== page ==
Jenna Watt: Helpline

Jenna Watt’s installation, commissioned for this year’s Declaration festival, is deceptively unassuming: simply a table, with a woolen rug, a pot plant, and a hand-painted sign that reads ‘Helpline’. At the centre of the table sits a green Trimphone and a list of 0800 numbers. A pale green theme is used throughout, a shade redolent of hospitals and waiting rooms. Exhibited throughout the whole day, I was curious to engage with the installation but also reticent, discovering myself too shy to lift the phone and dial a number. I am not fond of telephoning strangers.


And yet, that was the very point. As Jenna explained in her afternoon Q&A session, led by the Mental Health Foundation’s Andrew Eaton-Lewis, she has always felt like the kind of person who might find it difficult to call a helpline. And this, for many, can present a problem – asking for help can be a significant barrier to claiming our right to health.

Jenna, award-winning artist and creator of works including Faslane (currently touring throughout Scotland), began to explore this commission by asking why people access such helplines, and what might prevent them from doing so; in her words: ‘Would I be a timewaster if I did? Am I allowed?’ She also questioned the level of care that needs to be afforded to the people on the other end of the line. Those answering calls for helplines often engage with people undergoing the most traumatic circumstances. How are these operators helped to deal with their own emotional responses to these calls?

When I finally dared to lift the receiver and dialed the first number, I discovered that Jenna has removed all but the operator’s voice. The silences in between are left for the audience to fill: an individual process, given that only one person can use the installation at a time. The individual must then either fill the void with their ‘own narrative’ or imagine – from the operator’s responses – who might be calling and for what reason.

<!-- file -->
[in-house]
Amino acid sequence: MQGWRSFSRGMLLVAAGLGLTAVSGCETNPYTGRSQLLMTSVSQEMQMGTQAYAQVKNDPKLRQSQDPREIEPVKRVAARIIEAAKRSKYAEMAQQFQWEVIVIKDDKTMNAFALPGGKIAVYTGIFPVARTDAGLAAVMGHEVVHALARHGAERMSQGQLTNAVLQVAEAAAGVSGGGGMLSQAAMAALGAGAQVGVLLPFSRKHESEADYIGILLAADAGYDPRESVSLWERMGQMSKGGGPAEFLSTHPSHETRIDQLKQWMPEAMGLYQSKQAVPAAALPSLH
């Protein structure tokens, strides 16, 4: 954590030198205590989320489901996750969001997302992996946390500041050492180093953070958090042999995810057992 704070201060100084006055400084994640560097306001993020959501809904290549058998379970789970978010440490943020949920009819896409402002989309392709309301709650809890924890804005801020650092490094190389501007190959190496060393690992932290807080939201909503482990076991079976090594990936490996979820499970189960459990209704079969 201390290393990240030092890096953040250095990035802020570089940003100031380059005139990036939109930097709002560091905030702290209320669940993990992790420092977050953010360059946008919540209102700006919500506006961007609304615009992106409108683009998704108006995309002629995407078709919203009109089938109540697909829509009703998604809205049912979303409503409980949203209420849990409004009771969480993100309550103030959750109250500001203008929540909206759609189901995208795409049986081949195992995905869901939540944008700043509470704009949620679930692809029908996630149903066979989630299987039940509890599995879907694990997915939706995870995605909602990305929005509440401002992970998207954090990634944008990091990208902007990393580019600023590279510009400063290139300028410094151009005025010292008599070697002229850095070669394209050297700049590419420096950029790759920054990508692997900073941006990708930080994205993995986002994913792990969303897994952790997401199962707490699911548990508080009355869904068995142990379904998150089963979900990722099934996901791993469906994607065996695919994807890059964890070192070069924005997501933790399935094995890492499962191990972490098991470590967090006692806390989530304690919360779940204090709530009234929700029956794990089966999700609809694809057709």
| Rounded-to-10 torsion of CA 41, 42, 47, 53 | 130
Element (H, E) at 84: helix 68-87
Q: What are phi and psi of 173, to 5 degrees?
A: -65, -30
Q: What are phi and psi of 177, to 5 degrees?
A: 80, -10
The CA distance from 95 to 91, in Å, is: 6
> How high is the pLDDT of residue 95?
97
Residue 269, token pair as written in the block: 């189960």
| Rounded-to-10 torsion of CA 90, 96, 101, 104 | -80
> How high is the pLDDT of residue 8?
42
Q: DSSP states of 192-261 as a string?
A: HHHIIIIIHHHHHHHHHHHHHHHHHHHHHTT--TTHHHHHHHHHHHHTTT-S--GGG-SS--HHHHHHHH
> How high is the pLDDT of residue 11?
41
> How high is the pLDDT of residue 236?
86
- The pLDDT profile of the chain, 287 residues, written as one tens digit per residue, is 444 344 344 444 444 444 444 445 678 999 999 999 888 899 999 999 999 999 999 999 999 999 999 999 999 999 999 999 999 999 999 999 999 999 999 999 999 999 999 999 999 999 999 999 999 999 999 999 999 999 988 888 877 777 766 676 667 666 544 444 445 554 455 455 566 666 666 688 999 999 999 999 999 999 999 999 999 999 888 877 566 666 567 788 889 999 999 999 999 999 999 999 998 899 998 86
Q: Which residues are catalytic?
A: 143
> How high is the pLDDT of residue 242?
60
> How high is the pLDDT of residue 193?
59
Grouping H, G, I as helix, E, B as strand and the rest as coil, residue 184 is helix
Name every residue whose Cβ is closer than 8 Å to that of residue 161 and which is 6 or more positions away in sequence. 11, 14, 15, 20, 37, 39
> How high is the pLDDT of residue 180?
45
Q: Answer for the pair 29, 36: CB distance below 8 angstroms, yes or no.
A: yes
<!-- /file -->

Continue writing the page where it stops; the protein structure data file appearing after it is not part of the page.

Initially, one feels rather like a voyeur, listening in on someone else’s conversation. But the very intimacy of the experience leads one to engage in a wholly unexpected and emotional way. During my first call, I heard a female operator explain that she would not disclose anything she heard to the police. This made me wonder, with some concern, why the caller would require this assurance. In subsequent calls to other numbers, however, the operator’s responses prompted me to remember past situations in my own life when, had I made such a phone call, I might have received similar replies, such as the sympathetic and compassionate advice to ‘take your time’ when attempting to articulate feelings or explain circumstances that I may not have felt comfortable discussing with anyone but a total stranger.

Engagement with the installation, then, led to a rewarding and poignant reflection on the many reasons people use helplines, as well as the fears and barriers that can prevent a person from making the first call that might lead them to lay claim to their right to health. Ultimately, the installation succeeds in expressing Jenna’s desire to encourage her audience to use a helpline should they ever feel they need to.

Helpline is an installation that initially seems small and unassuming, and yet, perhaps because of this, when one finally makes the physically-insignificant but sometimes mentally-challenging decision to lift up the phone and dial, it reveals itself as a very profound experience.